An interesting adjunct to south central Jackson was Duttoville. Built in the late 19th century by Catholic priest Father Louis Dutto, it was a self-contained village with small homes, a fire station, grocery stores, a Catholic Church and a park. It was added to the city in later years but has been nearly absorbed in modern times by urban growth.

Jackson’s strong suite in those days was its leadership. The mayor was John W. Todd who had just taken over from Mayor H.M. Taylor. Families composed of Virdens, Yergers, McWillies, Enochs, Westbrooks, Strausses Hedermans, Watkins, Greens, Spenglers, Barksdales, Galloways and Kenningtons headed up businesses and the chamber of commerce. Businesses of the day included the Clarion-Ledger, Jackson Marble Works, J.W. Everett & Sons, Jackson Steam Laundry, Mississippi Cotton Oil Company, the Lawrence and Edwards Houses (hotels), Tucker Printing Company, Jackson Lumber Company, Westbrook Manufacturing Company and Adkisson & Bauer Hardware. The newly renovated Century Theater, converted from an opera house, graced the northern side off the first block of East Capitol Street.

In the midst of this growth and urban development an institution was born in 1894 when Dr. Louis Fitzhugh acquired the Jones Hamilton mansion near the northeast corner of Bellevue and Jefferson Streets. He established a school for girls the following year. It had seven students and Dr. Fitzhugh. The home was destroyed by fire shortly thereafter but was rebuilt and named for Colonel Hamilton’s Scottish forbearer, first Lord of Belhaven.

A neighborhood was born.

Bill Harvey; June, 2017 

 Sources for History of Belhaven: Part 1

Text:

Carroll Brinson, Jackson/A Special Kind of Place (Published by the City of Jackson, 1977)

Julie L. Kimbrough, Images of America, JACKSON (Arcadia Publishing, 1998)

Grady Howell, Jr., Chimneyville: Likenesses of Early Days in Jackson, Mississippi (Chickasaw Bayor Press, 2007)

James F. Gordon, Jr., A History of Belhaven College 1894-1981 (Jackson, MS, Belhaven College (1983)

“Jackson City Directory” (1904/05) – Multiple pages under street section

Demographics, various internet sources in public domain

Photos:

Capitol St. 1908 – Chimneyville: Likenesses of Early Days  in Jackson, Mississippi (Howell) p. 95

The Rookery – Chimneyville: Likenesses of Early Days in Jackson, Mississippi (Howell) p. 124

North State St. – 1900 – Images of America – Jackson (Kimbrough) p. 105

Jackson Street Cars – Images of America – Jackson (Kimbrough) p. 106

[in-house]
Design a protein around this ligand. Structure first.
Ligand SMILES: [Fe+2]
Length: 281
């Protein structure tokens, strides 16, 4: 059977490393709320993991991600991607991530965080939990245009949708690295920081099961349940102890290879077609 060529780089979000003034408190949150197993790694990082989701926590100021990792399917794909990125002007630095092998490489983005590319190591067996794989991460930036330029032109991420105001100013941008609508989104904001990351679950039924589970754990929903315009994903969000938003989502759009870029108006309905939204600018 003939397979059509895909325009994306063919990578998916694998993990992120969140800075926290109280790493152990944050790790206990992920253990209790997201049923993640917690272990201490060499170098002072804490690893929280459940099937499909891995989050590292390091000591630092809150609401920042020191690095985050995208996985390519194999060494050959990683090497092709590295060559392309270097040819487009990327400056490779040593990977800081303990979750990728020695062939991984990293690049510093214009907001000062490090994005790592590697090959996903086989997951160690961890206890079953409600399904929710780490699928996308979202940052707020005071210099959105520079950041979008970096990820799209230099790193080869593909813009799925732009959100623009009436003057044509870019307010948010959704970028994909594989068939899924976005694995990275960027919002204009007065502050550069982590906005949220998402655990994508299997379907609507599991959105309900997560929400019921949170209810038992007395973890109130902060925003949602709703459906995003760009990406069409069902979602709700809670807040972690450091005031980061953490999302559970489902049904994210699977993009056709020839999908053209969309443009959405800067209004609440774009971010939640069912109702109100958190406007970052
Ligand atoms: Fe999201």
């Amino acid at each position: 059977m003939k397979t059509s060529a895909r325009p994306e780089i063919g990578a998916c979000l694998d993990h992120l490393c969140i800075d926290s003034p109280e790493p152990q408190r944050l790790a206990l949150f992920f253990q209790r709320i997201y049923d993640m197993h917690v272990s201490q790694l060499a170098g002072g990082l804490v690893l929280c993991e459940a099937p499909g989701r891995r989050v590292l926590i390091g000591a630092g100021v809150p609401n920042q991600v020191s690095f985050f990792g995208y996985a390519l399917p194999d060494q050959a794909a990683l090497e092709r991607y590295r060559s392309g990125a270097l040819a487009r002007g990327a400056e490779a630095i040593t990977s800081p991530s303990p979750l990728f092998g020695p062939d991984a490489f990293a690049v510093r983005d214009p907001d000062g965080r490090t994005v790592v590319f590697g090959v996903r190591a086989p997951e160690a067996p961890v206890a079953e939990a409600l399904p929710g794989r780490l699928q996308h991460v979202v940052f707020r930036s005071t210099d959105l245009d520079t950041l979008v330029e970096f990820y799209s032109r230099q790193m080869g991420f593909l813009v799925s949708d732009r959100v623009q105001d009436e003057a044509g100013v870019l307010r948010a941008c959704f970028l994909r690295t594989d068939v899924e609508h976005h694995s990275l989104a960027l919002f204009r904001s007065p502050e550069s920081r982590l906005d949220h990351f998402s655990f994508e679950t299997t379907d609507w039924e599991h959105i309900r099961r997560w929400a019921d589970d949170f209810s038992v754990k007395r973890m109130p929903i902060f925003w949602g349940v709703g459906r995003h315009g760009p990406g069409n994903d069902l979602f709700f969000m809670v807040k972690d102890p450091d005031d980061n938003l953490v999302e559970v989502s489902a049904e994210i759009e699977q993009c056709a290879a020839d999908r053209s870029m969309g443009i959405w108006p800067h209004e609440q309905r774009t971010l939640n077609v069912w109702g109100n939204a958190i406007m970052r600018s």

Jones-Hamilton Home (original Belhaven College- artist rendition) – Belhaven University Archives

Sleepy Corner

Sam, the Garbager, had carpet,
And some scraps of office jot,
Optomacy stooped to throw him,
As he passed from lot to lot,

And with these he decked his cabin
In a rather modern style;
But himself remained old-fashioned
Like–simple and true the while.

And the milk of human kindness
Seemed to bubble from his heart,
As he rolled about the city
In his two-wheeled garbage cart.

S.A. Beadle,
Lyrics of the Under-World (1912),
photo by R. H. Beadle

Engel on Welty

Jackson native Lehman Engel (1910-82) was a composer and conductor of Broadway musicals, television and film. Engel worked as musical director for the St. Louis Municipal Opera for a number of years before moving to New York to conduct on Broadway. He won 6 Tony Awards, and was nominated for 4 more.  Engel wrote among other works The American Musical Theatre: A Consideration, the first book to discuss in detail the writing of a Broadway musical, the elements that went into it, and the art of adapting plays into musicals. In his autobiography, This Bright Day, Engel provides this endearing profile of his friendship with Eudora.

It’s strange how people in a small town know each other, speak in passing and not really know one another at all. Although I had met Eudora Welty in Jackson before either of us went away to school, it was not until several years later in New York, when a group of Jacksonians were there each simultaneously pursuing various schoolings, that we had first real contacts. Eudora was at Columbia along with Dolly Wells and Frank Lyell, who had first introduced me to Eudora in the Livingstone Park Lake. I was at Julliard. We changed to meet here and there. I think it was at Norma and Herschell Brickell’s (also from Jackson) where all of us, including Nash Burger, whose father used to play cards with my father, often went.